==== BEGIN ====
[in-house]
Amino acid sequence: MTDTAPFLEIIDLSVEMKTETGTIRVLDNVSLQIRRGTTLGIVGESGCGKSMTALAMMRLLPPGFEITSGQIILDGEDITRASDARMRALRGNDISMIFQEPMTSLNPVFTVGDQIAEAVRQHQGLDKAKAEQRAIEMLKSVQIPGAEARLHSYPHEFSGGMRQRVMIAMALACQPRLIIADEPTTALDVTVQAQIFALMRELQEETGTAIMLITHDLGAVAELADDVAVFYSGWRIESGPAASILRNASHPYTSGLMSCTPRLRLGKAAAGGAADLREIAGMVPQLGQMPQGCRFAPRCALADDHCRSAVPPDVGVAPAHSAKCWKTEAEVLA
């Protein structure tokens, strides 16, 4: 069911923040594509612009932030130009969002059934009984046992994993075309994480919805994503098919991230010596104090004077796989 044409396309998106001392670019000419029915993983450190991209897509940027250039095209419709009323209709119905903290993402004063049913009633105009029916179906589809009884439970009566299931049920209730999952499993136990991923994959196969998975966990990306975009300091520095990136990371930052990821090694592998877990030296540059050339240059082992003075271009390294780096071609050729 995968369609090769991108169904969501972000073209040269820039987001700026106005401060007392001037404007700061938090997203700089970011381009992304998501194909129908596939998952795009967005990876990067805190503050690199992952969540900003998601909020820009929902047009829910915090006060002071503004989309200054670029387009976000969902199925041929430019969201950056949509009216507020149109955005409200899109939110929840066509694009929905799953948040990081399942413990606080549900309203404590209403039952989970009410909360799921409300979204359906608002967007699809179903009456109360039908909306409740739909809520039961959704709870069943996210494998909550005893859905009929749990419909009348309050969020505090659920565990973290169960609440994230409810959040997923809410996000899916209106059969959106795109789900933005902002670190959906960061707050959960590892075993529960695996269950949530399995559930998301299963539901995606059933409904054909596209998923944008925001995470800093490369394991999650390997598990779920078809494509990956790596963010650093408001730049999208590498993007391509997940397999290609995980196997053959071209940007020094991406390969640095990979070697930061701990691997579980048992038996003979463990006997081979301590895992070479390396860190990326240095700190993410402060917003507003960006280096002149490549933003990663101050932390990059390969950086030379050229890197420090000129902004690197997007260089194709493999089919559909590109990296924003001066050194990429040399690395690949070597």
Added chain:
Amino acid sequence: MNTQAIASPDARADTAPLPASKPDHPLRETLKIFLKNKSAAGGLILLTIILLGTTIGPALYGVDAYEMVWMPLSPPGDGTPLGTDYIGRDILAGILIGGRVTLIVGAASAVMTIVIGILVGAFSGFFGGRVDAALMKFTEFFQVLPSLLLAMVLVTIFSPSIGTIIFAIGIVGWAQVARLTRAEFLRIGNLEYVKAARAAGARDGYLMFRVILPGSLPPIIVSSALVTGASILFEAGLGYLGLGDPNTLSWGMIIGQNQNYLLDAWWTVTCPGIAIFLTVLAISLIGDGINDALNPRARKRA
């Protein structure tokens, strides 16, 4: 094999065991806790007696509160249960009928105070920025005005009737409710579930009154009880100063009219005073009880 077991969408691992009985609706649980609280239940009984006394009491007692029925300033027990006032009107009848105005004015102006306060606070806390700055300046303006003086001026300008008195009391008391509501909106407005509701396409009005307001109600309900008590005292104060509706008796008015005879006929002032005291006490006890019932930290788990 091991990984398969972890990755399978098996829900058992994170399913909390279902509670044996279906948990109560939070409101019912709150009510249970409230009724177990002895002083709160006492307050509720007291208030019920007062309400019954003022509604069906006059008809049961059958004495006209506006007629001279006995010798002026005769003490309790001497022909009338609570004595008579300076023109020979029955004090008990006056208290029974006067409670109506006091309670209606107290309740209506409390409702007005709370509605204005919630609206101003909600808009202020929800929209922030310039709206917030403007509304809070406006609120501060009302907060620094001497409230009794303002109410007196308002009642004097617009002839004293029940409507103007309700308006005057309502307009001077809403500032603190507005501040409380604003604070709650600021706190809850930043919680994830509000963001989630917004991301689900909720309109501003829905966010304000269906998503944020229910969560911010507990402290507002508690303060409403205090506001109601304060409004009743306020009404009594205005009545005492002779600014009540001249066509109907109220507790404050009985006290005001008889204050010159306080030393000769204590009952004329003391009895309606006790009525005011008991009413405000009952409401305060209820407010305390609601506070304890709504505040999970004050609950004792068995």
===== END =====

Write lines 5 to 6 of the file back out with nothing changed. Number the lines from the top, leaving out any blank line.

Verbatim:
Amino acid sequence: MNTQAIASPDARADTAPLPASKPDHPLRETLKIFLKNKSAAGGLILLTIILLGTTIGPALYGVDAYEMVWMPLSPPGDGTPLGTDYIGRDILAGILIGGRVTLIVGAASAVMTIVIGILVGAFSGFFGGRVDAALMKFTEFFQVLPSLLLAMVLVTIFSPSIGTIIFAIGIVGWAQVARLTRAEFLRIGNLEYVKAARAAGARDGYLMFRVILPGSLPPIIVSSALVTGASILFEAGLGYLGLGDPNTLSWGMIIGQNQNYLLDAWWTVTCPGIAIFLTVLAISLIGDGINDALNPRARKRA
């Protein structure tokens, strides 16, 4: 094999065991806790007696509160249960009928105070920025005005009737409710579930009154009880100063009219005073009880 077991969408691992009985609706649980609280239940009984006394009491007692029925300033027990006032009107009848105005004015102006306060606070806390700055300046303006003086001026300008008195009391008391509501909106407005509701396409009005307001109600309900008590005292104060509706008796008015005879006929002032005291006490006890019932930290788990 091991990984398969972890990755399978098996829900058992994170399913909390279902509670044996279906948990109560939070409101019912709150009510249970409230009724177990002895002083709160006492307050509720007291208030019920007062309400019954003022509604069906006059008809049961059958004495006209506006007629001279006995010798002026005769003490309790001497022909009338609570004595008579300076023109020979029955004090008990006056208290029974006067409670109506006091309670209606107290309740209506409390409702007005709370509605204005919630609206101003909600808009202020929800929209922030310039709206917030403007509304809070406006609120501060009302907060620094001497409230009794303002109410007196308002009642004097617009002839004293029940409507103007309700308006005057309502307009001077809403500032603190507005501040409380604003604070709650600021706190809850930043919680994830509000963001989630917004991301689900909720309109501003829905966010304000269906998503944020229910969560911010507990402290507002508690303060409403205090506001109601304060409004009743306020009404009594205005009545005492002779600014009540001249066509109907109220507790404050009985006290005001008889204050010159306080030393000769204590009952004329003391009895309606006790009525005011008991009413405000009952409401305060209820407010305390609601506070304890709504505040999970004050609950004792068995």